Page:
Comprehensive Doppler electrocardiogram examinations were performed immediately before and <24 h after TAVR, using broadband 2.0- to 4.0-MHz matrix and volumetric transducers on a Vivid-7 or a Vivid-9 system (General Electric Healthcare, Little Chalfont, United Kingdom). Cuff BP was monitored hourly during the first 48 h and then every 8 h until discharge. Hypertensive response after TAVR was defined (12) in the presence of 1 of the following: 1) sustained (>48-h) systolic pressure >140 mm Hg or diastolic pressure >90 mm Hg not present before; 2) need for a >2-fold increase in the dosage of an antihypertensive drug to achieve BP control; or 3) incorporation of an additional antihypertensive drug to the pre-procedural regimen. Patients underwent clinical follow-up, blinded to the results of vascular hemodynamics, every 3 months during the 6 months’ post-procedure.
Invasive data processing and analysis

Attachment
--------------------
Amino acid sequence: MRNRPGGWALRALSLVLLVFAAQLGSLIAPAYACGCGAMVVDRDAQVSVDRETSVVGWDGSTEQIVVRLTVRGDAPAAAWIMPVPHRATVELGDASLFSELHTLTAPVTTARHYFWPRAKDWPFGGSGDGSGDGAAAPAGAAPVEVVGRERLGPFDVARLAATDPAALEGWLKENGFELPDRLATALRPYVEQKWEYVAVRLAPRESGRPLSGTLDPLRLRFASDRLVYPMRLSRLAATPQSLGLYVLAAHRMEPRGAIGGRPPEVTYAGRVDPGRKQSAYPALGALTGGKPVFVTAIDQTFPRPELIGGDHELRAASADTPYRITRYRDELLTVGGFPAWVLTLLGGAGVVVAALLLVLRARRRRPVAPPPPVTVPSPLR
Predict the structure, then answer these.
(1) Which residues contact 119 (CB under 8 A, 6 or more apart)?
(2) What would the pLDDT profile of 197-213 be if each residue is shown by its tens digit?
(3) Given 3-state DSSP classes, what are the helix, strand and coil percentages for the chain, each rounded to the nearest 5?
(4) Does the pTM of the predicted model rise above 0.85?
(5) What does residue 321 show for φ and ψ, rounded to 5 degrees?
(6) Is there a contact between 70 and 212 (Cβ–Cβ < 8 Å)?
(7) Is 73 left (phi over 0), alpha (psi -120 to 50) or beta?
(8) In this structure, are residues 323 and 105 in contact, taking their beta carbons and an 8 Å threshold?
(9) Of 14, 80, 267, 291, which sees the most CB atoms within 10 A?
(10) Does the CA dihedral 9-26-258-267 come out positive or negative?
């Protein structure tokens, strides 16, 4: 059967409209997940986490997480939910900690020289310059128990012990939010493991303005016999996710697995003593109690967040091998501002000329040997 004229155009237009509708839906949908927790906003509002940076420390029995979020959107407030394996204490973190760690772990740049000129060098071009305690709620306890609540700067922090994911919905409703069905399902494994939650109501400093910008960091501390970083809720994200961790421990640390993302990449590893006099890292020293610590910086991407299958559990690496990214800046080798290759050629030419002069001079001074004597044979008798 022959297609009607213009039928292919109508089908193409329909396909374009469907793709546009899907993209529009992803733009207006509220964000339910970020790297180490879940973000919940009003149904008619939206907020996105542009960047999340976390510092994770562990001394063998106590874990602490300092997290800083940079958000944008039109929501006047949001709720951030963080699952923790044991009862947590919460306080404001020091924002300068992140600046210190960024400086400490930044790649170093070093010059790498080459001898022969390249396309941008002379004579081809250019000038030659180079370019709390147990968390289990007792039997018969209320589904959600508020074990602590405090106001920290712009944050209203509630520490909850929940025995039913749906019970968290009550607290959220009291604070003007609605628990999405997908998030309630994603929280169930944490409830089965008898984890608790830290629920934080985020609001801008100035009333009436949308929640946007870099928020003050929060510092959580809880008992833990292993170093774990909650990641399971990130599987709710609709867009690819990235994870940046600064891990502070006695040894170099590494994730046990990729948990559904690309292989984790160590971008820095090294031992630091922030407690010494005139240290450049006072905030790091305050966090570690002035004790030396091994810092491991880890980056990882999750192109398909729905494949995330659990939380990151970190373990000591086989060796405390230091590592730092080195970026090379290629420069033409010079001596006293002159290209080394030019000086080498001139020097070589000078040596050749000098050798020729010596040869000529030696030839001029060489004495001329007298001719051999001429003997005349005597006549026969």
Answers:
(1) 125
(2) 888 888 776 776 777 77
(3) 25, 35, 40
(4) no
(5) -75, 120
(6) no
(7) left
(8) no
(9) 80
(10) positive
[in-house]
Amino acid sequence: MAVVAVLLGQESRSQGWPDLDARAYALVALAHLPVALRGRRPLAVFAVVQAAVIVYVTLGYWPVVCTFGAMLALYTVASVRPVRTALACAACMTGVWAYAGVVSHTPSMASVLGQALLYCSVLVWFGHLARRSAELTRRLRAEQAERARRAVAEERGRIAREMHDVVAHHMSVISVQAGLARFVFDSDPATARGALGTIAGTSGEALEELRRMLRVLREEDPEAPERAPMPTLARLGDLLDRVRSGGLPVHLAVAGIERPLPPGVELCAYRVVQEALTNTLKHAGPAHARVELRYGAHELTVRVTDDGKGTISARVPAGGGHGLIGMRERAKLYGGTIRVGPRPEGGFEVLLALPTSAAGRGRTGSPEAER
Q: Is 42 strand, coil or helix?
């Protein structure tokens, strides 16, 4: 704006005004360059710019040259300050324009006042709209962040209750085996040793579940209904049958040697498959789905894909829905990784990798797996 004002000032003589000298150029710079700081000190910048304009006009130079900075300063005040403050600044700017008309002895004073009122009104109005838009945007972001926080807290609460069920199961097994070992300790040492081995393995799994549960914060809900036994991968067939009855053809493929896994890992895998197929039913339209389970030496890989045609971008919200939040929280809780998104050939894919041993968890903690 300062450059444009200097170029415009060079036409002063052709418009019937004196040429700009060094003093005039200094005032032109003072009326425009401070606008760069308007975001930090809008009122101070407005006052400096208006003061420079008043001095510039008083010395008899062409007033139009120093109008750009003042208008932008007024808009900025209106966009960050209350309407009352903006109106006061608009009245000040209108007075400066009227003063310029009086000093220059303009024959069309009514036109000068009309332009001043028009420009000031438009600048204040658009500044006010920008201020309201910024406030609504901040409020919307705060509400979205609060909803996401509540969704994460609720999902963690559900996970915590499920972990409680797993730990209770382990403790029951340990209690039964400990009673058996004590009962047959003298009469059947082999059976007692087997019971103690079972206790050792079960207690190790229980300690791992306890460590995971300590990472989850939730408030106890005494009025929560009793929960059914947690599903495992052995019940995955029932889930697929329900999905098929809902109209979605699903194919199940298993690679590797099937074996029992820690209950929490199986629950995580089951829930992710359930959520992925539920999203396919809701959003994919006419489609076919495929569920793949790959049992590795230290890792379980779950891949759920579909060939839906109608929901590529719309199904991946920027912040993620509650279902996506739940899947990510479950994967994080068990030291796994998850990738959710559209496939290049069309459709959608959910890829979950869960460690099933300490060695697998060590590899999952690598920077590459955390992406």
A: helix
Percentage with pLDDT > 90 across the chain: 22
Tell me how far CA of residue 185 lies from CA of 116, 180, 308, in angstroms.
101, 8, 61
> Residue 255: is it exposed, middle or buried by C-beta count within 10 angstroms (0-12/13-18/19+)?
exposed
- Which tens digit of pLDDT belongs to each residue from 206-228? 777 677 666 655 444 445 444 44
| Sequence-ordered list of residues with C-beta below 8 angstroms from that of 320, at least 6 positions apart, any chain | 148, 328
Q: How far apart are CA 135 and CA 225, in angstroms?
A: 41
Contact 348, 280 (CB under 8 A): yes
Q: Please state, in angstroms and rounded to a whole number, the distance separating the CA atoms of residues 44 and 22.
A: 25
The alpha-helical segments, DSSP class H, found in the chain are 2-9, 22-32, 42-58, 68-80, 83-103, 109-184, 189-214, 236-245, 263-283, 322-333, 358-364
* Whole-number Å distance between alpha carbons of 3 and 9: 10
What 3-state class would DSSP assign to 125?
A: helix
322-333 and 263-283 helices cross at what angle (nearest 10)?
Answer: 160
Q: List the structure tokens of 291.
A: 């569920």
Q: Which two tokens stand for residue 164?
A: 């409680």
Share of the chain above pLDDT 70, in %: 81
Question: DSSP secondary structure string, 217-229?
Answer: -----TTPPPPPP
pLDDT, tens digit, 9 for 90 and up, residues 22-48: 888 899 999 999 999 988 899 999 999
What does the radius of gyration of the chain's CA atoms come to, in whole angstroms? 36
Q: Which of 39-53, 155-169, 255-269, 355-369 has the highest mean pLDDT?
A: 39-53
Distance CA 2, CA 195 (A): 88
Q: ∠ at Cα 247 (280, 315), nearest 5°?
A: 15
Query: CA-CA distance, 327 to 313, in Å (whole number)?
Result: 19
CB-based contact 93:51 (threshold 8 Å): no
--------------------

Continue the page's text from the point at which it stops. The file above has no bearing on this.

Volumetric flow rate (ml/s) was calculated from linear flow velocity measurements (cm/s) by means of a calibration constant (cm2) obtained as K = SV/TVI, where TVI represents the time-velocity integral and SV is the simultaneously obtained thermodilution SV. Beats were selected for analysis if peak ascending aortic pressure exhibited variation of <10 mm Hg over the interval examined and the flow velocity waveform was stable and periodic (8). For each hemodynamic run, 13 beats (range: 5 to 19 beats) underwent digital low-pass (50-Hz) filtering and ensemble averaging (Figure 1) (8,13). The aortic input impedance spectrum was derived using Fourier decomposition of the pressure and velocity signals up to 10 Hz (10). Respective pressure and flow moduli at each harmonic were used to derive the impedance (Z) moduli. Characteristic impedance (Zc) was calculated as the average of Z moduli above 4 Hz, excluding outlier values of >3 times the median. Because this method is highly sensitive to signal noise, we additionally calculated Zc from wave speed, the latter measured in the time domain from the early P–Q linear relationship, as used for measuring wave velocity (Online Appendix). Correlation and agreement for both methods for measuring Zc were r = 0.67 and ric = 0.59, respectively (pooled before and after TAVR data). The augmentation index was computed as the difference between the maximum and minimum values of Z components >3 Hz. We calculated the distance to the reflecting site by the quarter-wavelength relationship (14), as well as by WIA (r = 0.51 and ric = 0.40 between methods [Online Appendix]). Arterial compliance (C) was calculated using the pulse pressure method (15), exponential decay, and diastolic area methods (10) (r > 0.92 and ric ≥ 0.90, among all methods). We calculated effective arterial elastance as: 1) the ratio between end systolic pressure (obtained from the fluid-filled LV pressure catheter) and SV (Ea); and 2) the ratio between systemic vascular resistance and the cardiac period (EaR; r = 0.95 and ric = 0.67 between methods) (16,17).